Your problem is thread_pool_size. If it's much higher than the number of cores/threads, you'll not be able to shutdown properly unless by using mysqladmin shutdown command.

Eg.: You have 2 cores CPU with 4 threads. If you set it 1-4 - it will work fine. If you set it to 16, as advised in many 'high performance' blogs, it'll get pooched.

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I had a similar issue with mysql / mariadb failing to stop when instructed by systemd, either on shutdown or called manually with sudo service mysql stop.

In my case I am dual-booting Ubuntu / Windows in UEFI mode, and these OS interpret different hardware time, so both OSs sync against Internet time servers when they start up.

MySQL (and Mariadb) was failing to stop if the hardware time changed while it are running.

You need to defer starting MySQL until after the timesync. Ideally this would be done by inserting a temporal dependency on mysql with After: time-sync but that didn't work for me.

The solution that worked for me (You can replace mysql with mariadb for the same effect):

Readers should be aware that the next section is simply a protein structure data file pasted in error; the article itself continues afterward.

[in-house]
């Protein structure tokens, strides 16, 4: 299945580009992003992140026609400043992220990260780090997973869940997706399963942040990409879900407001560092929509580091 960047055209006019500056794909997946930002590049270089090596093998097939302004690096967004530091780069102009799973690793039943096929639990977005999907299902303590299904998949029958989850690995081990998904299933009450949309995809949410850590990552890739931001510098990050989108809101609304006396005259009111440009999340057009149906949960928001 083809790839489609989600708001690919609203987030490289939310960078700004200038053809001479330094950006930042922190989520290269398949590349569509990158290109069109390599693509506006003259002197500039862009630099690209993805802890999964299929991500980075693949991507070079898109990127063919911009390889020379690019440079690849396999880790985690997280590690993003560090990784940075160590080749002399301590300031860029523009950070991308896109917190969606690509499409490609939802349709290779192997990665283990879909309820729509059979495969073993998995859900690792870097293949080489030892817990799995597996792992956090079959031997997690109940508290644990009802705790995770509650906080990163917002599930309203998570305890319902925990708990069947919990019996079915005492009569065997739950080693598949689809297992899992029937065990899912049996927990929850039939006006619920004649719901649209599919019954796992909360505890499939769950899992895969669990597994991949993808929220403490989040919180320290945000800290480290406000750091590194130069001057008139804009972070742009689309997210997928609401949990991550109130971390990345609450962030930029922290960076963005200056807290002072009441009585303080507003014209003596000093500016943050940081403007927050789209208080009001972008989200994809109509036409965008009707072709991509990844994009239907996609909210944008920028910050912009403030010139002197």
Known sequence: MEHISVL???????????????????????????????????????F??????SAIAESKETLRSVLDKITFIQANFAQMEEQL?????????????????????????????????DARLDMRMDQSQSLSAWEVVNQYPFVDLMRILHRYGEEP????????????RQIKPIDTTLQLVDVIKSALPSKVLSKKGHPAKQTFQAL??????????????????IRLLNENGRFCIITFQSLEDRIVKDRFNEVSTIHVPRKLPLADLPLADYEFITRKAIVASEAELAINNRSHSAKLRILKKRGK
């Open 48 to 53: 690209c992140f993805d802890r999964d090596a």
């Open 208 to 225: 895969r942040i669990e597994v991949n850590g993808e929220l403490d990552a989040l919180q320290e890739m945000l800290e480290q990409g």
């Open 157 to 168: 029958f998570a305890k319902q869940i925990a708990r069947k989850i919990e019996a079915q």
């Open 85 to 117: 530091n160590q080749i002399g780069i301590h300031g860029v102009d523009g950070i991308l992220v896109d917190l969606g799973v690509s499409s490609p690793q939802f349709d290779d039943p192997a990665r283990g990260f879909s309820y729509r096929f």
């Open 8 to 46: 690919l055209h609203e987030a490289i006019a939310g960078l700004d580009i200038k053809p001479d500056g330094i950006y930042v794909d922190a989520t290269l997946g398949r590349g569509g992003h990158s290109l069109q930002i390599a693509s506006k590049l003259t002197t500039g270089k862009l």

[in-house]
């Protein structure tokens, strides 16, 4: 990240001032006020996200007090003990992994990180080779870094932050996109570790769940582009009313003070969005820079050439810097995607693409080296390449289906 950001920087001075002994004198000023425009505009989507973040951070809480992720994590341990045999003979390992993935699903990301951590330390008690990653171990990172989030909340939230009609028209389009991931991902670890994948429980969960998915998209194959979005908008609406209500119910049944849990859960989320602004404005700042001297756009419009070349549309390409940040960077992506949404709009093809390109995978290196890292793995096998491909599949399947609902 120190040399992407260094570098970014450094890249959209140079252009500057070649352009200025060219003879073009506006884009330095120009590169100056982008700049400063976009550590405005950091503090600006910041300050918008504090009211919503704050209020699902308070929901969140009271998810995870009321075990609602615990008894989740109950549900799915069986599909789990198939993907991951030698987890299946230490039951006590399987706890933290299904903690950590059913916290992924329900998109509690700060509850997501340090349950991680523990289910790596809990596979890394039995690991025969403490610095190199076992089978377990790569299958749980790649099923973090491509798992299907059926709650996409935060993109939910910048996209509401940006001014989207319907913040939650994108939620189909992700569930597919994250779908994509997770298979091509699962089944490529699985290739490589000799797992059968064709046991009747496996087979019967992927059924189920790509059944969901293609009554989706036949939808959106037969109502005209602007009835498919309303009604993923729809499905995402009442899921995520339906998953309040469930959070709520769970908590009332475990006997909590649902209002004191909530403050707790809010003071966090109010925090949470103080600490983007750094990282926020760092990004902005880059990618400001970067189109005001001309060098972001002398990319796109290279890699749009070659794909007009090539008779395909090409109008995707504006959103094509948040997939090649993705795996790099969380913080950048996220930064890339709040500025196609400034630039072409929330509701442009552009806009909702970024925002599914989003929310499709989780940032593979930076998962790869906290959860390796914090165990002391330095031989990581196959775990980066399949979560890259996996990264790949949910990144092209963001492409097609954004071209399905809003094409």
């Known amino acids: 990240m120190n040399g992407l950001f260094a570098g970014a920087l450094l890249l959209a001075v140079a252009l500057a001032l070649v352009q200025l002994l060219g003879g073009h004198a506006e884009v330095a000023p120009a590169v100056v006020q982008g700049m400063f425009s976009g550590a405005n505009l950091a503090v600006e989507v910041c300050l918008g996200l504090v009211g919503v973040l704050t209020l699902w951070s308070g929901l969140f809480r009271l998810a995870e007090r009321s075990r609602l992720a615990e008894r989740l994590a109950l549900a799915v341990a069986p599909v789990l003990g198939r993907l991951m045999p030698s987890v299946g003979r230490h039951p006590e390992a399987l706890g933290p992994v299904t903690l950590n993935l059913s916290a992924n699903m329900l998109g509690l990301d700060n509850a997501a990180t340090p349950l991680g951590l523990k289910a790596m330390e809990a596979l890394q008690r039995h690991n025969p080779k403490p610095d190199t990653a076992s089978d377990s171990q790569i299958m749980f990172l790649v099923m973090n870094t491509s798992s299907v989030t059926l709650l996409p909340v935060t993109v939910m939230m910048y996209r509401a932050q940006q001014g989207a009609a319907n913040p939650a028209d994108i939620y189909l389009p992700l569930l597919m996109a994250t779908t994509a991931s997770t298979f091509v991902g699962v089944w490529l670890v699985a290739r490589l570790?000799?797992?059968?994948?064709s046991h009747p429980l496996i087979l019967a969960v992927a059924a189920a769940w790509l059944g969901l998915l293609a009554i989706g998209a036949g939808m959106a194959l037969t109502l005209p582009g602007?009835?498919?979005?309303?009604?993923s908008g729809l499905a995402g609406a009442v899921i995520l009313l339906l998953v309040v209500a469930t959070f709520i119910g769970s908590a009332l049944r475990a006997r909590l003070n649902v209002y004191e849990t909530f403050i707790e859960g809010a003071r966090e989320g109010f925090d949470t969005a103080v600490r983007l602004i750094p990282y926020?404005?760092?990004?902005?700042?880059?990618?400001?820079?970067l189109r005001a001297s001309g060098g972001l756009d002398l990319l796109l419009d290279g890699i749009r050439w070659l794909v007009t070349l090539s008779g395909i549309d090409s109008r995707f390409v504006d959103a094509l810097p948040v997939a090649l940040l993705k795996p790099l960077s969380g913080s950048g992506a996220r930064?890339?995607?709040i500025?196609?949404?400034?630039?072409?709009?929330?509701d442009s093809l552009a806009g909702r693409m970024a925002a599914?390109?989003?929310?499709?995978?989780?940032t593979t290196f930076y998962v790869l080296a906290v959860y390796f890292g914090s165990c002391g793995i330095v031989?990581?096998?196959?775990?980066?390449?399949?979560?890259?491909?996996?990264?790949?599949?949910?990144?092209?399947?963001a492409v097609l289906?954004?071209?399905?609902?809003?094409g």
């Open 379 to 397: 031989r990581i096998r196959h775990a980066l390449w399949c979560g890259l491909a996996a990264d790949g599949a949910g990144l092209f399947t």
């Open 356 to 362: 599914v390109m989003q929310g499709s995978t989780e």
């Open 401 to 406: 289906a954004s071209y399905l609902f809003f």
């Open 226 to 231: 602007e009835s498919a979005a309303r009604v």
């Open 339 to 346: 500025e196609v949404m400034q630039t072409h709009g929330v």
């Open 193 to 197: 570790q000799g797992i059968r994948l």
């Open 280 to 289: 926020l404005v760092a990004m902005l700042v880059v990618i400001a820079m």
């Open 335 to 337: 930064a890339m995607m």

1. Disable mysql with sudo systemctl disabled mysql.service

  2. Create a script (ensure it's executable) that will start mysql after some delay /usr/bin/delay_mysql with contents:

    sleep 30s
    /etc/init.d/mysql start
  3. Create a systemd service to run your new script /etc/systemd/system/delay_mysql.service with contents:

    Description=Delay start of MySQL / MariaDB
  4. Register your new service with sudo systemctl enable delay_mysql.service

This will cause your script to run at multi-user levels, which on Ubuntu are 3,4,5.

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  • It's solved my problem. However it is very important to note, that before reinstalling MySql you should disable delay_mysql.service, otherwise you got an error. – SiGe Oct 9 '17 at 9:42